Virtualization software on x86 is, in my opinion, one of the greatest software advancements. IBM did it first, but with virtualization on x86, the world has been changed. Whatever your favorite VMware product is, you can run nearly every piece of x86 software in its own environment. Yes, there are some operating systems that aren't supported. I'm playing games I created in college on one that I co-wrote. It won't even boot on today's hardware. I have a library of virtual machines with every development environment and app environment that I've ever used.
My kids use a virtual machine for all their Web downloads to test them out--when it blows up, they just roll back to a safe image. Sure, there's other software that will allow you to do similar operations, but they just had to learn how to click on two buttons to get this to work in a virtual machine. --C. Bear
I was a little surprised to find the Java language on your list. As you correctly pointed out, "Java implemented the virtual machine on clients, allowing code to move over networks and run at a destination PC without knowing much about the machine itself." Which is surely a great tool for software development--just as great as Fortran or C. The concept of a universal program running on a virtual machine can be found in the early days of operating systems. I remember writing a program in VAX assembly that could be run in virtual machines on DEC, Wang, and IBM operating systems in the '80s. As ironic as it is, Java tries to solve the most daunting problems created by us: running software in incompatible operating systems! --S. Fang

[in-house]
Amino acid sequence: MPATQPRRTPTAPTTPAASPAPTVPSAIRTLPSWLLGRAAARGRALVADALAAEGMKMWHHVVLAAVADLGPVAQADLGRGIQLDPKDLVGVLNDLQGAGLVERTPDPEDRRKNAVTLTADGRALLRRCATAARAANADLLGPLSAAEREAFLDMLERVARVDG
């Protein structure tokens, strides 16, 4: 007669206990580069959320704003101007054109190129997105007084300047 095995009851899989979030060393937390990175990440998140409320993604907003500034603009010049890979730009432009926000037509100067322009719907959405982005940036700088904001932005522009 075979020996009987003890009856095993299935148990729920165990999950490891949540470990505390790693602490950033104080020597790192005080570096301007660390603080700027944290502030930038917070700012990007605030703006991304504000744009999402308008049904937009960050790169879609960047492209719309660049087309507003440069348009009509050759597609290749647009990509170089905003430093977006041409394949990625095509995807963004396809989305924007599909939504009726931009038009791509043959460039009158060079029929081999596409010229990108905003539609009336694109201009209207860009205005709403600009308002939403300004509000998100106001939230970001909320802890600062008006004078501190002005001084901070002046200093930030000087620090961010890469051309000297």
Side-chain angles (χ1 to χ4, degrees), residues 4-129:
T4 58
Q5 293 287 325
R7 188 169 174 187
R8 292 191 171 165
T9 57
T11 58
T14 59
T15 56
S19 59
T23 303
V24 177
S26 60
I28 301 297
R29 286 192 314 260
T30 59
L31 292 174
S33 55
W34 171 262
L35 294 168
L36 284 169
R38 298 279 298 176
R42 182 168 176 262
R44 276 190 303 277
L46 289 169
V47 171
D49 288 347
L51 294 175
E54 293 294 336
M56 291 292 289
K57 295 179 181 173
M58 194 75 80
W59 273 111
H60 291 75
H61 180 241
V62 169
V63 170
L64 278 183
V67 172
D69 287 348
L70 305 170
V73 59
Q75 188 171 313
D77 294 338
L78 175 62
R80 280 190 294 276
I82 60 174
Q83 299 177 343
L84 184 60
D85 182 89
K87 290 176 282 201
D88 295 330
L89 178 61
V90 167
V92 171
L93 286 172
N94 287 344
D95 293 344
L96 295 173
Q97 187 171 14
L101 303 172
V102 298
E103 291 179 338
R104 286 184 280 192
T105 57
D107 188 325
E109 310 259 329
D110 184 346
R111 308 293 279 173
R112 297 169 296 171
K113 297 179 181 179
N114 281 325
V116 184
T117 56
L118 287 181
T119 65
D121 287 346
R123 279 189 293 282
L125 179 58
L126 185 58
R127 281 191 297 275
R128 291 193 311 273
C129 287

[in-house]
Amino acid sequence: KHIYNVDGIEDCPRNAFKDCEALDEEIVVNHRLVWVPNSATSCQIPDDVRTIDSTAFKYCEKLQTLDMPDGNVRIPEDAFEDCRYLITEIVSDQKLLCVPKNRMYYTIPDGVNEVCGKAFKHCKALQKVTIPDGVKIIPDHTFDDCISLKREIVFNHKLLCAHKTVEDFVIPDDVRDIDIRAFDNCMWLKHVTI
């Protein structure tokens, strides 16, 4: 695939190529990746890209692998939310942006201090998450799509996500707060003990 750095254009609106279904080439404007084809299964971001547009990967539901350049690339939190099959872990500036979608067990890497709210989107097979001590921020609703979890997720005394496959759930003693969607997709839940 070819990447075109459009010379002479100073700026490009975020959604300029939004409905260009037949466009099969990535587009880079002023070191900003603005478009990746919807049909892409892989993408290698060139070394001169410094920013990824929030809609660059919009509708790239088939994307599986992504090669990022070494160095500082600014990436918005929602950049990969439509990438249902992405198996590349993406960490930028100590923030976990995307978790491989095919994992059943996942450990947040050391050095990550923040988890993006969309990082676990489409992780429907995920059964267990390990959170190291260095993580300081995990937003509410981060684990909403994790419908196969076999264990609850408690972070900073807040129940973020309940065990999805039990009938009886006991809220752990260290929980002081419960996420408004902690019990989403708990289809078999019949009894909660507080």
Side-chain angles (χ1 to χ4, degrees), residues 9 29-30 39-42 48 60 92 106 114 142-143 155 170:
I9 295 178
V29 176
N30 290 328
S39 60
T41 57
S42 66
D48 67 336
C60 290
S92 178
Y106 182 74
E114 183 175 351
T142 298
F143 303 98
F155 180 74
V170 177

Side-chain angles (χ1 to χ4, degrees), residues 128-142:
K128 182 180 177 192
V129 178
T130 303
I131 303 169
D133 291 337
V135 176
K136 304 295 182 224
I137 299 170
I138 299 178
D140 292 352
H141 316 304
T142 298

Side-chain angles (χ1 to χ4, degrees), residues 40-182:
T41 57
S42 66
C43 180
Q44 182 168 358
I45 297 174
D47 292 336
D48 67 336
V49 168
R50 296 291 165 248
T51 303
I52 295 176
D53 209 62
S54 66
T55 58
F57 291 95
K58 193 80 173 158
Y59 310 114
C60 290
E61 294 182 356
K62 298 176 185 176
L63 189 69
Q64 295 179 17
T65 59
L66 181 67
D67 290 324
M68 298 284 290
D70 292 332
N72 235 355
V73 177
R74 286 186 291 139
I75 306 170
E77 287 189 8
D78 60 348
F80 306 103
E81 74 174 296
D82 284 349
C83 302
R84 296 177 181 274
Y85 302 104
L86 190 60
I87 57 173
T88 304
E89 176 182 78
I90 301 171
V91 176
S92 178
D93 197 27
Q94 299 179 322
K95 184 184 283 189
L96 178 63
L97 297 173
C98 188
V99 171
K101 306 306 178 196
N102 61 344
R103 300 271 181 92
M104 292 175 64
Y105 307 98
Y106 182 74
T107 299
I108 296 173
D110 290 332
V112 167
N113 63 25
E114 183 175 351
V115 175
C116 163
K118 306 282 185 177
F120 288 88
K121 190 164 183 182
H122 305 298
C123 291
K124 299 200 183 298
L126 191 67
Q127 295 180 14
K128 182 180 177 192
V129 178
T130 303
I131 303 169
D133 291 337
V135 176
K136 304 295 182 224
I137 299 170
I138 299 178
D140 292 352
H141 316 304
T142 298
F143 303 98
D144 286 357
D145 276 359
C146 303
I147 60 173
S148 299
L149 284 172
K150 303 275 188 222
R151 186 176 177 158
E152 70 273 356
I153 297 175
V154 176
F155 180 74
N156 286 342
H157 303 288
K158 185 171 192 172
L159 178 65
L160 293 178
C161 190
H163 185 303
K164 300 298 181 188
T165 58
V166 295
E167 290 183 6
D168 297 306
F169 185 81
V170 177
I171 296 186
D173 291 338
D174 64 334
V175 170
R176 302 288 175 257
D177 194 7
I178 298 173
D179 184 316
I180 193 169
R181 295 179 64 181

How can you have overlooked VisiCalc? It put Apple on the map and fueled the PC revolution. It's what convinced businessmen that desktop computers weren't toys. --J.V. Noble
The original Flight Simulator 1 for the Apple II computer from subLOGIC showed that a tiny computer could do amazing virtual simulation. Doom, from iD software, did the same thing later. The reality they managed to pump out of a PC was amazing. --Ron Larson
OS/2 Warp should be included in the top software. It works great, it's reliable, and there are many who are still using it (some in the updated version called eComStation). --BigWarpGuy
What about portable C itself? Unix was acknowledged, but the language on which it was built should have gotten more than a passing reference. Coding in assembly language and machine code is very hard stuff. Writing in C is at least comprehensible to mortal minds. --Stan Hartin
It's interesting to see all the hoopla about virtualization and know that true, complete virtual hardware was available in 1968 with VM/360. There's a story about how the MVS team wanted to kill VM but the plan got derailed when management found out that the MVS developers were using VM to run multiple quickly rebootable virtual MVS machines for development. --Jim Garrison
On the almost-made list--before VMWare, IBM released the VM operating system, developed in the early '70s by MIT. You forgot another MIT product, Multics, which was kind of the Unix predecessor. And Multics had MRDS, which was one of the first implementations of a relational database. Of course, Grace Hooper and Cobol, which took software from scientific to business applications. Other mentionables: Douglas Englebart for the invention of the mouse and TEX, the original Text processing language. --Raj Kattil
The Business of Going DigitalDigital business isn't about changing code; it's about changing what legacy sales, distribution, customer service, and product groups do in the new digital age. It's about bringing big data analytics, mobile, social, marketing automation, cloud computing, and the app economy together to launch new products and services. We're seeing new titles in this digital revolution, new responsibilities, new business models, and major shifts in technology spending.